Mediation is a service to help couples who have decided to separate or divorce, or who have already separated, to negotiate their own terms of agreement, while addressing the needs and interests of all involved. Mediation allows people to make their own decisions.

The Family Mediation Service encourages the separating couple to co-operate with each other in working out mutually acceptable arrangements on all or any of the following:

  • Parenting the children
  • Financial support
  • Family home and property
  • Other problems related to the separation

The role of the mediator:

  • To see a couple together and help them settle their differences.
  • To create a climate in which neither party dominates but in which both parties participate fully in good faith.
  • To create and maintain an atmosphere of co-operation and responsibility.
  • To help couples deal with difficult emotional issues that can prevent them reaching any agreement.
  • To help couples reach agreement that they believe to be fair, equitable and workable.

How does the service operate?

professionally trained mediator assists the couple to reach their own agreement.

  • Both parties attend.
  • Discussions are confidential.
  • The mediator does not take sides nor gives suggestions; he/she is responsible to facilitate communication between the couple.

For an appointment requesting Family Mediation Service, both parties must contact (individually or jointly) and confirm their willingness to attend and sign the voluntary consent form.

Mediation usually takes between two and six sessions. Each session lasts approximately one / two hours. The mediation process may require joint meetings by the couple with the mediator or caucus (individual meetings) depending upon the case complexity.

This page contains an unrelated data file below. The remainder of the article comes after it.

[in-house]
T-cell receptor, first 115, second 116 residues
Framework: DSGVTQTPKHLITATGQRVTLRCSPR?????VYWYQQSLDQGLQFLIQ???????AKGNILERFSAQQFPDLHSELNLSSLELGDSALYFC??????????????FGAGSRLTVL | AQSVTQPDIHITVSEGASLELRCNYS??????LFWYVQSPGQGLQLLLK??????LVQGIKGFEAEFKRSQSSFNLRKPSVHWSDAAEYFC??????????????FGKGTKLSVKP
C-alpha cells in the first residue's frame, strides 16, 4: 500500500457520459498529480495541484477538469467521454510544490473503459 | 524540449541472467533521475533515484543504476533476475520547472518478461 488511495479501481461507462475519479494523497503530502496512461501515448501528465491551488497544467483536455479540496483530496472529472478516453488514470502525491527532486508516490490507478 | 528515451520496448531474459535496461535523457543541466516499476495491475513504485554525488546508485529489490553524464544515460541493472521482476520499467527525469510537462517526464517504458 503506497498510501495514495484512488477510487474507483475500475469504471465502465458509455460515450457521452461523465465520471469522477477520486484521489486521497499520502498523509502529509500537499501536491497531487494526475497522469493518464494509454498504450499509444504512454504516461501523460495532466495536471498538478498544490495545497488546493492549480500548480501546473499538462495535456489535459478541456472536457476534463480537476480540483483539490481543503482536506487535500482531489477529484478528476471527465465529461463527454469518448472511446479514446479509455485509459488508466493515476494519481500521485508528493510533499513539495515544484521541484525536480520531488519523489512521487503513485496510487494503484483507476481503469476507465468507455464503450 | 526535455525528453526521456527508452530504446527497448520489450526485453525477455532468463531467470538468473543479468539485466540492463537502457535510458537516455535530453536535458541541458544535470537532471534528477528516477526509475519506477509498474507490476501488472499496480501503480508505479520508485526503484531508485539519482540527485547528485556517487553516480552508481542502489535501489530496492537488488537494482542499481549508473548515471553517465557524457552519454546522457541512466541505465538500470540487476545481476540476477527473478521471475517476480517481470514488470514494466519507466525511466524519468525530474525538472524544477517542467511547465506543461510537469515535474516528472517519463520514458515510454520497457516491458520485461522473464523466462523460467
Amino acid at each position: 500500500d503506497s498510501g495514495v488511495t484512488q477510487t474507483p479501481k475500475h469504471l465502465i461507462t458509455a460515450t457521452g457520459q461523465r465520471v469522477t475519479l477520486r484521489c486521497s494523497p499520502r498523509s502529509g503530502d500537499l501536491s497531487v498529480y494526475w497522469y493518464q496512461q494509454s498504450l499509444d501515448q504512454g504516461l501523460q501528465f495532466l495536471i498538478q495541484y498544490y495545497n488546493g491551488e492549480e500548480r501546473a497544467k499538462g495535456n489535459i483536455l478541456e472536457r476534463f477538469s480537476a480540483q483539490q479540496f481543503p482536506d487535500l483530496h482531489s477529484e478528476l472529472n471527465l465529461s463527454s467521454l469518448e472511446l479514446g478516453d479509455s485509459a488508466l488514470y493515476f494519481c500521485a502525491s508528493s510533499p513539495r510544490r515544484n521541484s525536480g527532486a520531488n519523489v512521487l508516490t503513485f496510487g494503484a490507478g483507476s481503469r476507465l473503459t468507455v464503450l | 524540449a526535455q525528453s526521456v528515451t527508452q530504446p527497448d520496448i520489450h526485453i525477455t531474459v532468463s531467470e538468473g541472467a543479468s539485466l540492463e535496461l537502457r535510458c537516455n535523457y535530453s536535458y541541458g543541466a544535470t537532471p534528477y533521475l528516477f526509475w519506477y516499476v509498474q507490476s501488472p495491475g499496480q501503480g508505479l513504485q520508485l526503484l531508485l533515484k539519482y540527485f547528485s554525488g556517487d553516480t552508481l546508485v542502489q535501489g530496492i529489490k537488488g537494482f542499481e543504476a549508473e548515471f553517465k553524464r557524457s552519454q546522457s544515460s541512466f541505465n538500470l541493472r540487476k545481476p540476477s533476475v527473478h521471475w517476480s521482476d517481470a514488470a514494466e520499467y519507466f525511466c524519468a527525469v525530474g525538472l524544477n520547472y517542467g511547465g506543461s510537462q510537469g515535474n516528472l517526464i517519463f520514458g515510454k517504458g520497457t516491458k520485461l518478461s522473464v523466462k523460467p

Most mediations end with a written document that sets out all the details of the couple's agreement. This can then be taken to solicitors/ legal attorneys to be drawn into a Legal Deed of Separation and/or Decree of Divorce.

When a couple has reached an agreement, a session is offered to parents to invite their children in to discuss their new family arrangements.

What are the advantages of mediation?

These include:

  • The Family Mediation Service is a confidential service
  • It’s a non - adversarial process and costs much less than court litigations
  • Each mediated agreement deals with the particular needs of the people involved
  • A balanced agreement is reached that is acceptable to both parties
  • Parents are helped to remain as partners in childrearing by developing parenting plans that are personal to each family

Mediation Traning Programme
(Three day workshop)


This intensive five-day program provides students with the hands-on opportunity to engage in mediations and acquire the skills used to assist parties with divergent interests to reach a resolution. Through extensive simulations in which students will have the opportunity to be both the mediator and a party in a dispute, students will learn how third-party intervention can resolve conflict in a wide variety of settings, from workplace and commercial to interpersonal and community disputes. A significant focus of the program will be the use of mediation role play exercises in which students will be observed and coached by professional mediators.


This is an extremely intense and highly engaging workshop. Adults learn better by doing rather than just seeing, and therefore the course places emphasis on participants practicing the skills and process through role play and exercises.

Program Goals

Over the course of three -day intensive training, students will

  • Acquire the skills used to assist parties with divergent interests to reach a resolution
  • Engage in simulated mediations to develop an understanding of the mediation process
  • Work with coaches who have professional conflict mediation experience
  • Set performance-based standards for evaluating their own work
  • Learn about ethics in the field, opportunities in commercial mediation and arbitration, and how to start building a practice as a mediator